Evaluation of Signage Alternatives for Express Lane Facilities

Express lanes are usually tolled freeway lanes that are separated from general-purpose lanes to provide a higher level of mobility. Guide signs upstream of express lanes are especially crucial as drivers have to read these signs and then comprehend and react to them accordingly while traveling at high speeds. This report presents a focus group study to obtain drivers’ feedback on different express lane sign design alternatives, with a special focus on signs near the entrance of express lane facilities. It also includes a review of the current standards in the Manual on Uniform Traffic Control Devices (MUTCD) for express lane signs and the use of signs on existing express lane facilities from across the country. The provisions of regulatory signs, guide signs, and tolling agency’s pictograph on express lanes are provided in Chapter 2E: Toll Road Signs and Chapter 2G: Preferential and Managed Lane Signs of the MUTCD. However, many existing express lane signs have not been updated to meet the current MUTCD standards for express lane signs. The existing express lane signs were found to vary not only in the types of information they display, but also in color, size, layout, and number of sign panels used. The signs were found to generally display information on toll amounts and accessibility status, and none were found to display comparative travel times on express lanes vs. general-purpose lanes. A focus group study involving 49 participants was conducted to assess drivers’ understandings, preferences, and opinions toward the guide signs at the entrance of express lanes. Sign design alternatives as they relate to the following categories were evaluated: (1) sign legend preference for toll-exempt vehicles in Florida; (2) display of travel time; (3) display of average speed in lieu of travel time; (4) preference for travel time vs. average speed; (5) display of comparative travel times on express lanes vs. general-purpose lanes; (6) preference of comparative travel times vs. comparative average speeds; (7) display of comparative travel times and toll amounts on express lanes and general-purpose lanes; and (8) interpretation of high toll amount on express lanes signs. Additional real-time information on travel time and average speed on express lanes and general-purpose lanes were found to help drivers decide if they want to use express lanes. However, focus group participants found both travel time and speed information to be ambiguous. It is recommended to educate drivers about these measures so that drivers correctly interpret this information. Although this additional information is useful to drivers, care needs to be taken to not overload drivers with too much information. It is imperative to consider the other existing signs and the fact that drivers need to comprehend this information while driving at high speeds.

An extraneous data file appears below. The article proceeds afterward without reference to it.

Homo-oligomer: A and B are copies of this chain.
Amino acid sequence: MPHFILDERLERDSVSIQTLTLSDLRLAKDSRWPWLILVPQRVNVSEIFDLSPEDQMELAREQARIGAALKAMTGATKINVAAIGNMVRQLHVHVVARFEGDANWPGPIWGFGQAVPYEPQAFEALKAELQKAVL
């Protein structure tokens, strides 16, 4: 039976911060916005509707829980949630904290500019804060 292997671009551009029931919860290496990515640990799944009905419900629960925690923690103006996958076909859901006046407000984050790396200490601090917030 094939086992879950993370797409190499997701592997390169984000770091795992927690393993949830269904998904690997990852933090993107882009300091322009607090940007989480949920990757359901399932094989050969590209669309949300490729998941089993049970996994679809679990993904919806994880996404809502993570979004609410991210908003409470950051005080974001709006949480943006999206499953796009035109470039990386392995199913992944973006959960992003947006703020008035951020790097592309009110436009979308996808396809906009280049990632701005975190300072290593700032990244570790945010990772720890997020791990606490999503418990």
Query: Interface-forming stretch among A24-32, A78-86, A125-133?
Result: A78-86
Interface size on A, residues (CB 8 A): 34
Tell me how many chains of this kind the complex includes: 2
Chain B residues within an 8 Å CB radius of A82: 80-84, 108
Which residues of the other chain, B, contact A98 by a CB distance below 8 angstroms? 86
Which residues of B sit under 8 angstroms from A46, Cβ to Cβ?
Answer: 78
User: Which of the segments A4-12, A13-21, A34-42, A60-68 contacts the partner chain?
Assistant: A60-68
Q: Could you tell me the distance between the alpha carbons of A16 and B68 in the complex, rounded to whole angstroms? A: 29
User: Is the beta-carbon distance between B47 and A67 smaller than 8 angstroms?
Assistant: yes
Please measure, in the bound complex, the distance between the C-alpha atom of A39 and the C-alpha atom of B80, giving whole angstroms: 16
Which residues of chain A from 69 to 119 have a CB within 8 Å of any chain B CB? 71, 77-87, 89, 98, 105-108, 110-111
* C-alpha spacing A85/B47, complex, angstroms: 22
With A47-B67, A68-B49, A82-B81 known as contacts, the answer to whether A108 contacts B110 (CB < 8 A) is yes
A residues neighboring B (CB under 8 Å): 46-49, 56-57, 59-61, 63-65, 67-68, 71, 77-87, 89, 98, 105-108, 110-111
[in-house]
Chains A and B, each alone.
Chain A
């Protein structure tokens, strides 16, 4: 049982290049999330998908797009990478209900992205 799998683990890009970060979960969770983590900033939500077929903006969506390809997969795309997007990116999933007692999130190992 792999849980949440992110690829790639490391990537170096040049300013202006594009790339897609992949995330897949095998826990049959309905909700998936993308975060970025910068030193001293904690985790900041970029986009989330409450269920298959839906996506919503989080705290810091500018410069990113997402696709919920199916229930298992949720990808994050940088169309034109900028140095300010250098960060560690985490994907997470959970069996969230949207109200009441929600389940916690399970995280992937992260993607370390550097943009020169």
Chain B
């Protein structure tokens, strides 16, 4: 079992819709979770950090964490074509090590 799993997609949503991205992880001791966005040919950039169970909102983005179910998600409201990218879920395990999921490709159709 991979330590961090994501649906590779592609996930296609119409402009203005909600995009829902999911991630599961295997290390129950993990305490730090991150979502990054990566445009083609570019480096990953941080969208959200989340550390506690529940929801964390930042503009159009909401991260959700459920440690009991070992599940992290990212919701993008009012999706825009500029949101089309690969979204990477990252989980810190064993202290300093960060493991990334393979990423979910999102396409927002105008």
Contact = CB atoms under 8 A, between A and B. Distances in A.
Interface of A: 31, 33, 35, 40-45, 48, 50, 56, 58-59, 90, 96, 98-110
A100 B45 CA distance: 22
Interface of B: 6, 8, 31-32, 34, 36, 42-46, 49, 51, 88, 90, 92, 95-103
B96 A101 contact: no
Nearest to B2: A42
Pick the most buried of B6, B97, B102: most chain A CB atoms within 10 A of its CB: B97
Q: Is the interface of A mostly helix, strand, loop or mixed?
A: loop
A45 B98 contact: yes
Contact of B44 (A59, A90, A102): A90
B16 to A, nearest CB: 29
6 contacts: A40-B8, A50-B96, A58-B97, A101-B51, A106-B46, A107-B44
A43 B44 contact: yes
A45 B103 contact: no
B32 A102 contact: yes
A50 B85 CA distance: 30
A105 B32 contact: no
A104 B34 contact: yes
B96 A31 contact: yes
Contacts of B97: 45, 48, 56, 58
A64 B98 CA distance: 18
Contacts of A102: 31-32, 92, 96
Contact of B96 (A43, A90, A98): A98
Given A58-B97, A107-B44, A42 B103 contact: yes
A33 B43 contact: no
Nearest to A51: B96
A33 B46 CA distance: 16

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  • Supplemental Notes:
    • This document was sponsored by the U.S. Department of Transportation, University Transportation Centers Program.
  • Corporate Authors:

    Lehman Center for Transportation Research

    10555 W Flagler Street
    Miami, FL  United States  33174

    National Center for Transportation Systems Productivity and Management (NCTSPM)

    Lamar Allen Sustainable Education Building
    788 Atlantic Drive
    Atlanta, GA  United States  30332-0355

    Office of the Assistant Secretary for Research and Technology

    University Transportation Centers Program
    Department of Transportation
    Washington, DC  United States  20590
  • Authors:
    • Alluri, Priyanka
    • Gan, Albert
    • Saha, Dibakar
    • Fernandez, Luis
    • Sadeghvaziri, Eazaz
    • ORCID 0000-0003-1002-237X
  • Publication Date: 2017-1


  • English

Media Info

  • Media Type: Digital/other
  • Edition: Final Report
  • Features: Appendices; Figures; Photos; References; Tables;
  • Pagination: 85p

Subject/Index Terms

Filing Info

  • Accession Number: 01642803
  • Record Type: Publication
  • Created Date: Jul 31 2017 4:34PM